During pandemic, trash and crime increased on Whittier Boulevard. Lowrider clubs said: Enough

Juan "Spanky" Ramirez of Baldwin Park poses with his lowrider in East Los Angeles.
Juan “Spanky” Ramirez of Baldwin Park poses next to his lowrider in East Los Angeles.
(Jason Armond / Los Angeles Times)

As a boy growing up in East Los Angeles, Juan “Spanky” Ramirez lived for the weekends when his uncles would leave the family’s carne asada parties and invite him to cruise down Whittier Boulevard in East Los Angeles.

From the passenger seat, Ramirez saw the regular parade of chrome and florid paint jobs that brought worldwide fame to the street. And when the tíos flipped their hydraulic switches, and their shiny sedans rose high in the air, “it was the greatest feeling in the world.”

Now that he’s a 39-year-old father, a cruise down Whittier in his white 1970 Cadillac Coupe de Ville takes him back to those old-school days.


“I’ll be at work all stressed out and I could just get in the car and take off,” the Baldwin Park resident said. “It’s like therapy.”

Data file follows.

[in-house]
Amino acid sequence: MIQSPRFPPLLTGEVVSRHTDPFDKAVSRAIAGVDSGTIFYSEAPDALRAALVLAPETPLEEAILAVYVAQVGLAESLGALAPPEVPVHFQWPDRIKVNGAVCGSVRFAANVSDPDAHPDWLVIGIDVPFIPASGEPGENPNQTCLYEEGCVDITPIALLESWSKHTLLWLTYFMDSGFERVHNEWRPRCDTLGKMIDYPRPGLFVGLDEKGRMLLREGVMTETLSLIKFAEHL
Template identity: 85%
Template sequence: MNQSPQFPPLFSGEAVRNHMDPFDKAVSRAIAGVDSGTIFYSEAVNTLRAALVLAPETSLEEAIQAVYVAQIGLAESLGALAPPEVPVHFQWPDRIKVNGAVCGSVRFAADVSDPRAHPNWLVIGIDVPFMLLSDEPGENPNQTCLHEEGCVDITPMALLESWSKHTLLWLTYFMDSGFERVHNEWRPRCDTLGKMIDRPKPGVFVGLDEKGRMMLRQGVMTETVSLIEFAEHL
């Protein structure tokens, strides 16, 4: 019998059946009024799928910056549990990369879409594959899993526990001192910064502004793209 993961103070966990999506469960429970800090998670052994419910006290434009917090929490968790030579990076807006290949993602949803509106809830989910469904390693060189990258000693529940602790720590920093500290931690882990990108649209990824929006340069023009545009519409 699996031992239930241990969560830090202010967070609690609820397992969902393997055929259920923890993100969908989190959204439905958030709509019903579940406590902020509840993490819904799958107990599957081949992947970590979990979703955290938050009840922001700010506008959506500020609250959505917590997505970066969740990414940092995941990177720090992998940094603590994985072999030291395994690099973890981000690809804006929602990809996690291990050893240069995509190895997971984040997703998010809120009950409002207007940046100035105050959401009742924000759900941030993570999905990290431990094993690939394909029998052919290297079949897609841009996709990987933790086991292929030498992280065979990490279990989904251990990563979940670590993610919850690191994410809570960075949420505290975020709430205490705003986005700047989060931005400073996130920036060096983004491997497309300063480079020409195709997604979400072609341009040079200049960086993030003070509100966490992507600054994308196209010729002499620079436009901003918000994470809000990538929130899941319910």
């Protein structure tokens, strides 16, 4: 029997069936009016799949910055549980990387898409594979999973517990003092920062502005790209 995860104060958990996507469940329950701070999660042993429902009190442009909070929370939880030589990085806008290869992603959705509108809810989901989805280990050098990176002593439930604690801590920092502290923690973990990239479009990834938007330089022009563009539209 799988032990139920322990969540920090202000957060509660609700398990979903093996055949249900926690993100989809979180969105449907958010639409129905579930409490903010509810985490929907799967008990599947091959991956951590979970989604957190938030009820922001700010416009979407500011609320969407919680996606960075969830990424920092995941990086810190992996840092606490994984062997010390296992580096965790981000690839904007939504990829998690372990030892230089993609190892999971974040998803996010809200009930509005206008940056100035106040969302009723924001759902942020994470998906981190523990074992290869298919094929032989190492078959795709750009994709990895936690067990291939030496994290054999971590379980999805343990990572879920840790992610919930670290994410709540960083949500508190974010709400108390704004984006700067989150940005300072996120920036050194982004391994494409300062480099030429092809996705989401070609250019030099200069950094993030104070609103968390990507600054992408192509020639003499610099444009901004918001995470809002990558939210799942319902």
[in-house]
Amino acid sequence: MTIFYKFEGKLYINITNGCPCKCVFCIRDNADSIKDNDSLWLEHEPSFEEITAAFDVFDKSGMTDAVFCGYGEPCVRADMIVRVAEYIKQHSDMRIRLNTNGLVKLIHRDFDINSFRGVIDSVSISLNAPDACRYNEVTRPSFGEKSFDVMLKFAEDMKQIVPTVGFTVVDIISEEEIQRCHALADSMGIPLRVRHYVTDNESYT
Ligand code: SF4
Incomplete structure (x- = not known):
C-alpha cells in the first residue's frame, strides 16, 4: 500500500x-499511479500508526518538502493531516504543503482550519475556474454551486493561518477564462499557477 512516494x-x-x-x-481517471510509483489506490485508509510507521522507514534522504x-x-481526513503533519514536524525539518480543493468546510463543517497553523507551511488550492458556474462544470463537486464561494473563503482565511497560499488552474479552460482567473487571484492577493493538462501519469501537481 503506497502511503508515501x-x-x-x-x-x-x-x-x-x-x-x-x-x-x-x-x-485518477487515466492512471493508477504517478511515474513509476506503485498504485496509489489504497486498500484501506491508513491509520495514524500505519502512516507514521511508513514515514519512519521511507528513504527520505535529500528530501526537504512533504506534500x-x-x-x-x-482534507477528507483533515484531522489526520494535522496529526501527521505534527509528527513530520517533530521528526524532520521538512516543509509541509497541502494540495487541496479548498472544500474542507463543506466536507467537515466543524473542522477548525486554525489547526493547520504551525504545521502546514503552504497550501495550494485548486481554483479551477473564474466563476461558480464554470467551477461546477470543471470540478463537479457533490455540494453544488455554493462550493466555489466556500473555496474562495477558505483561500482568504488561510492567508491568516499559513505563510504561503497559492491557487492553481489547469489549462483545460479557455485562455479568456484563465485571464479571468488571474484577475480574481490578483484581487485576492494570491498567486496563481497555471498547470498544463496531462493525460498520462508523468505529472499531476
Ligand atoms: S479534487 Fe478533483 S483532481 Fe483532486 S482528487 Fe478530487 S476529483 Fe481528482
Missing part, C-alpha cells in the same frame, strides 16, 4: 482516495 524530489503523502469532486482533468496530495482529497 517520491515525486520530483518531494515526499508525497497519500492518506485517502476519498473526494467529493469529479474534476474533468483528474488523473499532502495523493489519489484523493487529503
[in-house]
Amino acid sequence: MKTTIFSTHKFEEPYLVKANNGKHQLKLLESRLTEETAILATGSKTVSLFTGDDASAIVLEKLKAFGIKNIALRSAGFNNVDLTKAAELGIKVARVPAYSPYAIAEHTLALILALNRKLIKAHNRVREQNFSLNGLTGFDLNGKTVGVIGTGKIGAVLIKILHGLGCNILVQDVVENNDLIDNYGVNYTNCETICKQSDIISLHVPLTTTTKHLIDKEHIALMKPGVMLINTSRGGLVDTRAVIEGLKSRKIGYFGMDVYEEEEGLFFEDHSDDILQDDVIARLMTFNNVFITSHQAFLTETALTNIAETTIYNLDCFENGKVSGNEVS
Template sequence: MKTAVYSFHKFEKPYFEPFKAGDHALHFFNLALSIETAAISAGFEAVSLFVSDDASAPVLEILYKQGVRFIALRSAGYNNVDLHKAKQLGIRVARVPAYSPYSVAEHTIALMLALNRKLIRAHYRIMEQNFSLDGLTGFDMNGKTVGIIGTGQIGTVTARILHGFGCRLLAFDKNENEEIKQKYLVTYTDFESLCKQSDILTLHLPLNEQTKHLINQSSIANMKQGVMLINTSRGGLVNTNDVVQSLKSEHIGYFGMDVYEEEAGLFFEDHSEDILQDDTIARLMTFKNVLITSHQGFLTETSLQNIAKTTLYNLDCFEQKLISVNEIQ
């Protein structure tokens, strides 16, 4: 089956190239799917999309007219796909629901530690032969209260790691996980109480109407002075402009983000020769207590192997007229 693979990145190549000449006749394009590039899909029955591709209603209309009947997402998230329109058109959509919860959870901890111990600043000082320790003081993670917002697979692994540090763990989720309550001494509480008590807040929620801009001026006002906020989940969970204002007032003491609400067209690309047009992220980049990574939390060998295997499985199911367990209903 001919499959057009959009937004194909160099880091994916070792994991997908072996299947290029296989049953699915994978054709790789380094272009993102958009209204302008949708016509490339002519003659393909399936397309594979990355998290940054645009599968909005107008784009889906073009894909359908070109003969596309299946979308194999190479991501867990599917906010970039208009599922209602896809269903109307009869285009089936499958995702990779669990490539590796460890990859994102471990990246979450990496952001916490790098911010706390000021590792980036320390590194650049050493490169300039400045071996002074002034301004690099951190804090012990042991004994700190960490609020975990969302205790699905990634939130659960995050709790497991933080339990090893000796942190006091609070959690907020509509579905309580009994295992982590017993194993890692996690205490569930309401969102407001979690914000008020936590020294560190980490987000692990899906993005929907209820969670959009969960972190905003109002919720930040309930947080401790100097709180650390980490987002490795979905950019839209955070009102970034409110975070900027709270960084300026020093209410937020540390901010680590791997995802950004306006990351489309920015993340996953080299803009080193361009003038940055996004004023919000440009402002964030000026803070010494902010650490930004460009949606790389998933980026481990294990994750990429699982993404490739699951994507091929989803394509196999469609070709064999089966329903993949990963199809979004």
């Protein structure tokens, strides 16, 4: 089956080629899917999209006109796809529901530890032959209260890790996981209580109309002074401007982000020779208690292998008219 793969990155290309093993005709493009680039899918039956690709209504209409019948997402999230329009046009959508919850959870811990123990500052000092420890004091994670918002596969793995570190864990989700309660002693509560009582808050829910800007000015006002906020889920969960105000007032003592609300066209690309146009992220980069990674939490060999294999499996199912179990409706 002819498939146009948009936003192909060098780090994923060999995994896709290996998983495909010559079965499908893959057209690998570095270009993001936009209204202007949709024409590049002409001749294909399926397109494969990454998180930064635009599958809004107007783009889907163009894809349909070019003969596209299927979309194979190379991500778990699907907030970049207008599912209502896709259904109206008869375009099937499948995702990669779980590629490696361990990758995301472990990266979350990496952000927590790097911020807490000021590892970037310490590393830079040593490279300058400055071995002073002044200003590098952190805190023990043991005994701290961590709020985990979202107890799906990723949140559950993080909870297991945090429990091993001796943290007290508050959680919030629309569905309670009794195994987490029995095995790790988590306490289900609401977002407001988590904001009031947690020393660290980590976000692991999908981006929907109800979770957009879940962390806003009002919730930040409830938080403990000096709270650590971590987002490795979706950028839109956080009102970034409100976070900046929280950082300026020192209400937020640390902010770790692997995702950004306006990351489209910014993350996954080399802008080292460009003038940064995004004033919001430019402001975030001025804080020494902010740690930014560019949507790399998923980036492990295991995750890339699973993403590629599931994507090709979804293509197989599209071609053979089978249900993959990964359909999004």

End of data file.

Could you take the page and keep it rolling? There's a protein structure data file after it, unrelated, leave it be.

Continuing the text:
But over the summer, his asphalt Eden was shattered.

On Aug. 2, a man hit another man over the head with a blunt object during a brawl in a parking lot off Whittier Boulevard and then punched a woman before firing three rounds of gunshots into the air. It was the lowlight of a summer on the boulevard that saw it crowded with cruising like it hadn’t seen in years.

The doldrums of the pandemic, which had turned so many people into shut-ins, seemed to have brought others to the boulevard. Not all behaved; empty parking lots were stained with graffiti or littered with trash. The smell of urine permeated the air.

For Ramirez and his friends, that was enough.

Two days later on Facebook, he urged fellow lowrider aficionados to stage a boycott of sorts: No more cruising on the street for a month.

“It’s sad because we are the last of the generation that can keep this culture alive,” he wrote. “So in an effort to save Whittier Boulevard, we’re going to put a pause on it.”